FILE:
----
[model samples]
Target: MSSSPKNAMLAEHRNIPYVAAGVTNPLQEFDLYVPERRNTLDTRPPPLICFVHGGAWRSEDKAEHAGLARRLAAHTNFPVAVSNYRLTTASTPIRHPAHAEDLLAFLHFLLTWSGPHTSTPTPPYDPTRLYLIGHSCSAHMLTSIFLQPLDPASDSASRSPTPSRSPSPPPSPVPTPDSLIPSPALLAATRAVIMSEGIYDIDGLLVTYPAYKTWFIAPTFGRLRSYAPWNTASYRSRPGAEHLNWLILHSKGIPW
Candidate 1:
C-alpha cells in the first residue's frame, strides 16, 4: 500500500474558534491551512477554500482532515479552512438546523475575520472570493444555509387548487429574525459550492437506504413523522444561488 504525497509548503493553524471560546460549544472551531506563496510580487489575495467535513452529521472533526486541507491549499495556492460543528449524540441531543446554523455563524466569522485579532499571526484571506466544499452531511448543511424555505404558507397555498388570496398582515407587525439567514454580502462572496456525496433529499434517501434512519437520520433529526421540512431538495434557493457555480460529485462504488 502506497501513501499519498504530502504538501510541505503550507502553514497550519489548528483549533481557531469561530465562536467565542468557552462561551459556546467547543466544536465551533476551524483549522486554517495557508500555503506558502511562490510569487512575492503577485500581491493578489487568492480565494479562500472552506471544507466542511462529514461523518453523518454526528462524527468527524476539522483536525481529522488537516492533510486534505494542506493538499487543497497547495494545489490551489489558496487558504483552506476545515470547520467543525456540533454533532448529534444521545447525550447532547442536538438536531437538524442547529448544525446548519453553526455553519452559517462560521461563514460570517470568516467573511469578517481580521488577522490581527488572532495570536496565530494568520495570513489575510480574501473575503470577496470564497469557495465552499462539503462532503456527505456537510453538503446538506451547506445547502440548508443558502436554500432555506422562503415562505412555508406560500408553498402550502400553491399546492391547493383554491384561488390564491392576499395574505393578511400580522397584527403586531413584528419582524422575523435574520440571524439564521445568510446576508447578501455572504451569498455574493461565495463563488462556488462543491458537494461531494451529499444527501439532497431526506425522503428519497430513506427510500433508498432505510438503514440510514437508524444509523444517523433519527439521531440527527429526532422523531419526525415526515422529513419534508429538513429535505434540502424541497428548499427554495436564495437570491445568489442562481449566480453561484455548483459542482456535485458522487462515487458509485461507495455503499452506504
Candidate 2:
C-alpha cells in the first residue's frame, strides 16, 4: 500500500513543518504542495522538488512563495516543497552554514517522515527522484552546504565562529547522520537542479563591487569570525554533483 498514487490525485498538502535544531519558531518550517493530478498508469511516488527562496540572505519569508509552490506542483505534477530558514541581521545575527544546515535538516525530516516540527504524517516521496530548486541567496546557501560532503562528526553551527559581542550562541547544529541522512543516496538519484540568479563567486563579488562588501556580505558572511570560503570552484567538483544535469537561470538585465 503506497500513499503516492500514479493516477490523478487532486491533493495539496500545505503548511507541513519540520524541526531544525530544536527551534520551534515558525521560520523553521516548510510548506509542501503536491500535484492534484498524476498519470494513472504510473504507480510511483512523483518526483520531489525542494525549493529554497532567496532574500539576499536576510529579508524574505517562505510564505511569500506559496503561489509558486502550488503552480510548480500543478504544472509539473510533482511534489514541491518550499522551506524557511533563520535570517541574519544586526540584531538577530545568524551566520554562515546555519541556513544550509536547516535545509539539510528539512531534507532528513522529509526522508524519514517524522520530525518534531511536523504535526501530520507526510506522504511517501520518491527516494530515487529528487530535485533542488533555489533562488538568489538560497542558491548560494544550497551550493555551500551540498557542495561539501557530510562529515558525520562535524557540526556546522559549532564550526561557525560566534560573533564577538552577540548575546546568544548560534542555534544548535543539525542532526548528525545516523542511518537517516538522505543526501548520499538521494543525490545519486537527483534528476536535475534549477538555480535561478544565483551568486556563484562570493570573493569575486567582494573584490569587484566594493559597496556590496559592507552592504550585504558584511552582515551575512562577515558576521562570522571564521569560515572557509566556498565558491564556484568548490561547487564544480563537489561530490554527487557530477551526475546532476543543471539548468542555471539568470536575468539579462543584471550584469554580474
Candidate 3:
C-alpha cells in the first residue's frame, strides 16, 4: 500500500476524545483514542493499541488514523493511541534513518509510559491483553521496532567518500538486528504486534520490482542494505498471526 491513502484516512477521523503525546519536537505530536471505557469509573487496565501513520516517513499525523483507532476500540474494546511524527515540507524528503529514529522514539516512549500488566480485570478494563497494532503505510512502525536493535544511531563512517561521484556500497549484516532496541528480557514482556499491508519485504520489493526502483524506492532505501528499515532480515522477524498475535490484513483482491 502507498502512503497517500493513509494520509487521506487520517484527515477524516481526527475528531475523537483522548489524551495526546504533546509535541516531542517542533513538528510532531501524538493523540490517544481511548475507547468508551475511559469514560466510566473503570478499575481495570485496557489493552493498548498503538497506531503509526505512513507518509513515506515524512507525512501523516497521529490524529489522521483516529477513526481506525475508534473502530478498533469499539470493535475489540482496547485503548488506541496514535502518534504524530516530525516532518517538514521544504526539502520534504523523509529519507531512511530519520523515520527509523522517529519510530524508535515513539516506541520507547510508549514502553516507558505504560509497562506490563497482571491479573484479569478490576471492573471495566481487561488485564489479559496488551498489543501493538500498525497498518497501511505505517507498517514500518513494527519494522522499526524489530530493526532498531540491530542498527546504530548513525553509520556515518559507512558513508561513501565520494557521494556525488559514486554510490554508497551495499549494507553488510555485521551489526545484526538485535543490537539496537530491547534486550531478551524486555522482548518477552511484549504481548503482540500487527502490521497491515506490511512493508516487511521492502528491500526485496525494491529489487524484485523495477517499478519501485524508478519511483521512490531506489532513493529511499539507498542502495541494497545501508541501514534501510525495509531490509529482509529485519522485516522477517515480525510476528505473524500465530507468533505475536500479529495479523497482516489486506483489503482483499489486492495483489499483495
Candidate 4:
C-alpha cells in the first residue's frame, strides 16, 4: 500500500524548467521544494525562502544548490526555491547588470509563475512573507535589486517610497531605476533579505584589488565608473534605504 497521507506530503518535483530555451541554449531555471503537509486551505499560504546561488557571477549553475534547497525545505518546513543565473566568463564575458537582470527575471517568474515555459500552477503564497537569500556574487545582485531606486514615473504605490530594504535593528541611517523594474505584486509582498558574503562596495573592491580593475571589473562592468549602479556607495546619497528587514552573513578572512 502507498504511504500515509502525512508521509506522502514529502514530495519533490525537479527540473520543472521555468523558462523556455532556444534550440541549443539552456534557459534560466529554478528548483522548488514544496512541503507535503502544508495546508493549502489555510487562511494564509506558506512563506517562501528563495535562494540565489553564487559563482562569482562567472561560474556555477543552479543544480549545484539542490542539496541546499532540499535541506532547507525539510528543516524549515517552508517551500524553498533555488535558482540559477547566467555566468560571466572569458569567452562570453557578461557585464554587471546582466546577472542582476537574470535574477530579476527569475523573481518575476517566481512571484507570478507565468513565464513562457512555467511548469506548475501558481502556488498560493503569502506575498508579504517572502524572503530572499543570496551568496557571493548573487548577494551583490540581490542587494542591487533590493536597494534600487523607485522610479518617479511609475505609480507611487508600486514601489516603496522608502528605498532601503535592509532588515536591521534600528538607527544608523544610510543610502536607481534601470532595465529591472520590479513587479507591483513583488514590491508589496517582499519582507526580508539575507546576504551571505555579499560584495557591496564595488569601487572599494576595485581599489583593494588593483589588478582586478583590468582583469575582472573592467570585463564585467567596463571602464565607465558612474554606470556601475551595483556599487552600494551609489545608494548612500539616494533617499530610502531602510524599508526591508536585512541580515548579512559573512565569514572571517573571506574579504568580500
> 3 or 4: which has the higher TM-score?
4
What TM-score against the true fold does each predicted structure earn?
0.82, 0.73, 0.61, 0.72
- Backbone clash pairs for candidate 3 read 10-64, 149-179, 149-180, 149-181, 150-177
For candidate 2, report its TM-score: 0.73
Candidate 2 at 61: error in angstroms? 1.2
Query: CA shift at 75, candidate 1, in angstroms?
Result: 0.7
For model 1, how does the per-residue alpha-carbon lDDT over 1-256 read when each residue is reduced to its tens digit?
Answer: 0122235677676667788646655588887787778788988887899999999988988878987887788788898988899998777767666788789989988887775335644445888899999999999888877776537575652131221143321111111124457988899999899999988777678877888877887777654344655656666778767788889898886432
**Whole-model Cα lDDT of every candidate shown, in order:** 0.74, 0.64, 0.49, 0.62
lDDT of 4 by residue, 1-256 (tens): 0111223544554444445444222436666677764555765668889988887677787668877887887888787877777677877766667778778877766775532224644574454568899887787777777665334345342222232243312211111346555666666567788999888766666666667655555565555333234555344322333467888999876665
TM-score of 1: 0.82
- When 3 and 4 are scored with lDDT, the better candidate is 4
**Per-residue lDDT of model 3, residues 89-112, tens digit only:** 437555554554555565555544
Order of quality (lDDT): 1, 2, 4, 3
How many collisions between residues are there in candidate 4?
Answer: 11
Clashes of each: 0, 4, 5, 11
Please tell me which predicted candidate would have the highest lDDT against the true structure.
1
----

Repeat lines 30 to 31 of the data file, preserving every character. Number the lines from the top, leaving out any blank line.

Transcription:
Clashes of each: 0, 4, 5, 11
Please tell me which predicted candidate would have the highest lDDT against the true structure.